Quality assessment. Chart summarizes our judgments about each risk of bias item for each included study. References: Liu et al. [13], Muraro et al. [17], Tao et al. [12], Xishuang et al. [14], Yang et al. [11], Zhong et al. [16] and Zhu et al. [15].

No statistical difference was found in operation time between transurethral laser treatment and TURBT for NMIBC (MD = -0.69, 95% CI [-1.62, 0.24], P = 0.14) (Figure 3). Six studies have compared transurethral laser management of bladder tumors with TURBT, bladder irrigation, the duration of catheterization and length of hospital stay, but these studies exhibited heterogeneity. We repeated the sensitivity analysis for these studies and obtained similar results. Using a random-effects model, the results of meta-analysis showed significant differences between the two groups with regard to bladder irrigation (RR = 0.36; 95% CI [0.19, 0.69], P = 0.002) (Figure 4), the duration of catheterization (MD = -1.26, 95% CI [-1.79, -0.73], P < 0.00001) (Figure 3) and length of hospital stay (MD = -1.52, 95% CI [-1.83, -1.20], P < 0.00001) (Figure 3). The two groups showed significant differences regarding ONR (RR = 0.07, 95% CI [0.02, 0.23], P < 0.0001) (Figure 4) and bladder perforation (RR = 0.16, 95% CI [0.05, 0.54], P = 0.003) (Figure 4). Although the 1-year recurrence-free survival did not statistically differ between the two groups (RR = 1.04, 95% CI [0.98, 1.10], P = 0.22) (Figure 5), the 2-year recurrence-free survival (RR = 1.13, 95% CI [1.04, 1.22], P = 0.002) (Figure 5) improved in the laser group compared to the TURBT group.
Figure 3

Cumulative analysis of studies comparing laser and transurethral resection of bladder tumors with respect to perioperative clinical data. (A) Operation time (minute). (B) Duration of catheterization (day). (C) Length of hospital stay (day). IV, Inverse variance; TURBT, Transurethral resection of bladder tumor. References: Liu et al. [13], Tao et al. [12], Xishuang et al. [14], Yang et al. [11], Zhong et al. [16] and Zhu et al. [15].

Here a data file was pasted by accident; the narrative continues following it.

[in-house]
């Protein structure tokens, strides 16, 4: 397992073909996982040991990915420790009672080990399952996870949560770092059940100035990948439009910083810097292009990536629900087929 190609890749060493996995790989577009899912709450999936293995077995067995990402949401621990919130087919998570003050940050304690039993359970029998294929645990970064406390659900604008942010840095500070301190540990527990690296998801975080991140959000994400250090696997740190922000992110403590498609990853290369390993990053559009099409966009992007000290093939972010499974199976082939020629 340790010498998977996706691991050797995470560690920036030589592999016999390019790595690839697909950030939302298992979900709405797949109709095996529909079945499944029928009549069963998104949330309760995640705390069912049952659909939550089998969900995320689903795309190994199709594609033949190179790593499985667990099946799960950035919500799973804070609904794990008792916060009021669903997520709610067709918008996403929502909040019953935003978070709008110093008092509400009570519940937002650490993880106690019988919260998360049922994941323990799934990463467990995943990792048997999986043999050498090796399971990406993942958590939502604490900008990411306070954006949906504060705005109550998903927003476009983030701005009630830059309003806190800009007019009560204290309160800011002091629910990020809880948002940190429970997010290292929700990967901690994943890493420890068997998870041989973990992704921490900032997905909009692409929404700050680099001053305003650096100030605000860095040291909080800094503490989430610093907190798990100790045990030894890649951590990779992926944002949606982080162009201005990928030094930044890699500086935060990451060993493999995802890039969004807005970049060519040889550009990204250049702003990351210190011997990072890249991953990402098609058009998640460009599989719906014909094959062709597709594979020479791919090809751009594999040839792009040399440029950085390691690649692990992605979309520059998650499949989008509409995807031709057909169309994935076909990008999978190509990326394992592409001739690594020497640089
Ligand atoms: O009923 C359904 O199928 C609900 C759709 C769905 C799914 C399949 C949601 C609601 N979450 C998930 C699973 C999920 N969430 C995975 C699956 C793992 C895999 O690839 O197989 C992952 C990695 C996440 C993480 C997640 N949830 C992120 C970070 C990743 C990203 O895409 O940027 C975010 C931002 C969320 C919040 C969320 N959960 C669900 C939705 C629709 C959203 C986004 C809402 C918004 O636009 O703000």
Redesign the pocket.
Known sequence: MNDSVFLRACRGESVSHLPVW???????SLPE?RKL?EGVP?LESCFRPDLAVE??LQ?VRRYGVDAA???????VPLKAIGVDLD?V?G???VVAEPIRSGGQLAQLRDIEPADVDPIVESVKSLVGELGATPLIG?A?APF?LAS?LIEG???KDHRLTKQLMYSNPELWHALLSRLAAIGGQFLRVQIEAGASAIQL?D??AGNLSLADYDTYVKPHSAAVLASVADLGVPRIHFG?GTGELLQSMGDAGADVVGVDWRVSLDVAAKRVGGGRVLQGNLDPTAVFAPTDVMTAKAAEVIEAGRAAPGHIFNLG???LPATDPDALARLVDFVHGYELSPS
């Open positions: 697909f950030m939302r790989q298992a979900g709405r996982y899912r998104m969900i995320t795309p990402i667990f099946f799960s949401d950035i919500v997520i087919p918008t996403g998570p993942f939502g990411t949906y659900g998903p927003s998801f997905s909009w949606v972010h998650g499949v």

Figure 4

Cumulative analysis of studies comparing laser and transurethral resection of bladder tumors with respect to intraoperative complications. (A) Bladder irrigation. (B) Obturator nerve reflex. (C) Bladder perforation. M-H, Mantel-Haenszel; TURBT, Transurethral resection of bladder tumor. References: Liu et al. [13], Muraro et al. [17], Tao et al. [12], Xishuang et al. [14], Yang et al. [11], Zhong et al. [16] and Zhu et al. [15].

Figure 5

Cumulative analysis of studies comparing laser and transurethral resection of bladder tumors with respect to recurrence-free survival. (A) 1-year recurrence-free survival. (B) 2-year recurrence-free survival. M-H, Mantel-Haenszel; TURBT, Transurethral resection of bladder tumor. References: Liu et al. [13], Muraro et al. [17], Tao et al. [12], Xishuang et al. [14], Yang et al. [11], Zhong et al. [16] and Zhu et al. [15].